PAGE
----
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The Foundling Museum

21 February @ 11:00 am - 1:00 pm


Abandoned children were not unusual in the 18th century when the Foundling Hospital was established. By the early 1700s the situation for struggling parents was particularly acute in London. Economic migration from the countryside had led to a population explosion, which put poor relief under immense strain. Mothers unable to care for their children as a result of poverty or illegitimacy had few options, leading to some abandoning their babies on doorsteps, outside churches and even on rubbish heaps. It is estimated that around 1000 babies a year were abandoned in London alone.

This was the situation that confronted Thomas Coram (1668-1751), who was appalled by the conditions children faced in London. He was a philanthropist who campaigned for 17 years before he received a Royal Charter from King George II to found the Hospital, which was finally established in 1739.  The Foundling Hospital, which continues today as the children’s charity Coram, was designed to care for and educate England’s most vulnerable citizens. The artist William Hogarth and the composer George Frederic Handel played a big part in realising Coram’s vision. Together, they transformed the Hospital into the UK’s first public art gallery, and one of London’s most fashionable venues. Hogarth encouraged leading artists to donate their work and Handel held benefit concerts of Messiah in the Hospital’s chapel. It became the place to be seen and to be seen helping.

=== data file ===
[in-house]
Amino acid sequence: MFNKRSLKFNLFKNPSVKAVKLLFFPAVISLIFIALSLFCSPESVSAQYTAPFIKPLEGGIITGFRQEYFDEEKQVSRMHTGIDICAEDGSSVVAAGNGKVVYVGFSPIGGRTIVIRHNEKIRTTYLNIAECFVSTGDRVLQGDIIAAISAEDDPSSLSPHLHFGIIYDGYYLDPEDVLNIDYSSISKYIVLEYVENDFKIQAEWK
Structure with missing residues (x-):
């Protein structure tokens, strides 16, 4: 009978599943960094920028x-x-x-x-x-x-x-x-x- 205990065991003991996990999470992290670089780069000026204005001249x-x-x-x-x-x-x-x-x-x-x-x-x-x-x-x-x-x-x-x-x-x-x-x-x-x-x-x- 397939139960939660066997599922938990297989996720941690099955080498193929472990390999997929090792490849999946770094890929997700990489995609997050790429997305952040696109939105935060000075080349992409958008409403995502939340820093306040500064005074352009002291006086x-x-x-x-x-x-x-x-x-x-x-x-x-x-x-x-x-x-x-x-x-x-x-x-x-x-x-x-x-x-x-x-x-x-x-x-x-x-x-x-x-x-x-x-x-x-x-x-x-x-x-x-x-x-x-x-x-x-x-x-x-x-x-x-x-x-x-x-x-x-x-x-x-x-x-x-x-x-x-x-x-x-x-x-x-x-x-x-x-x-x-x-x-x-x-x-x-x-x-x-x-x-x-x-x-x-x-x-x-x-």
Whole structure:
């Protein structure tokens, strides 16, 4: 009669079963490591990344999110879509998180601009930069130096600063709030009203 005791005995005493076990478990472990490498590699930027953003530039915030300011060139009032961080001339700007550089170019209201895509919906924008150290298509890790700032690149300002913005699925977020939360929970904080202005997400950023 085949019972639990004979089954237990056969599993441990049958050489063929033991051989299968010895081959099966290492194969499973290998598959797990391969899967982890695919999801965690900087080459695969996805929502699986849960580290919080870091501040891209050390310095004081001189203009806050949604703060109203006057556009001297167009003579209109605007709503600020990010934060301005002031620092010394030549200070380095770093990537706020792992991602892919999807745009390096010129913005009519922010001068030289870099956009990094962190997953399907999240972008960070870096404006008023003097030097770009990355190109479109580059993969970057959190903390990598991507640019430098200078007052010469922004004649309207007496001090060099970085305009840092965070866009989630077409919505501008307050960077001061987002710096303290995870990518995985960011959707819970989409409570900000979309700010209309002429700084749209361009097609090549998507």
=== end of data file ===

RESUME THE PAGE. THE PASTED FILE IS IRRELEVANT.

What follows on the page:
During its two centuries in operation, the Foundling Hospital looked after a remarkable 25,000 children. Today, the museum building is situated in the grounds of the old Hospital in Bloomsbury. It was constructed in the 1930s and incorporates many architectural features from the original 18th-century Hospital building. Follow the story of the Foundling Hospital, the children who lived there, and its vibrant community of artists, musicians and supporters through the galleries and historic rooms.

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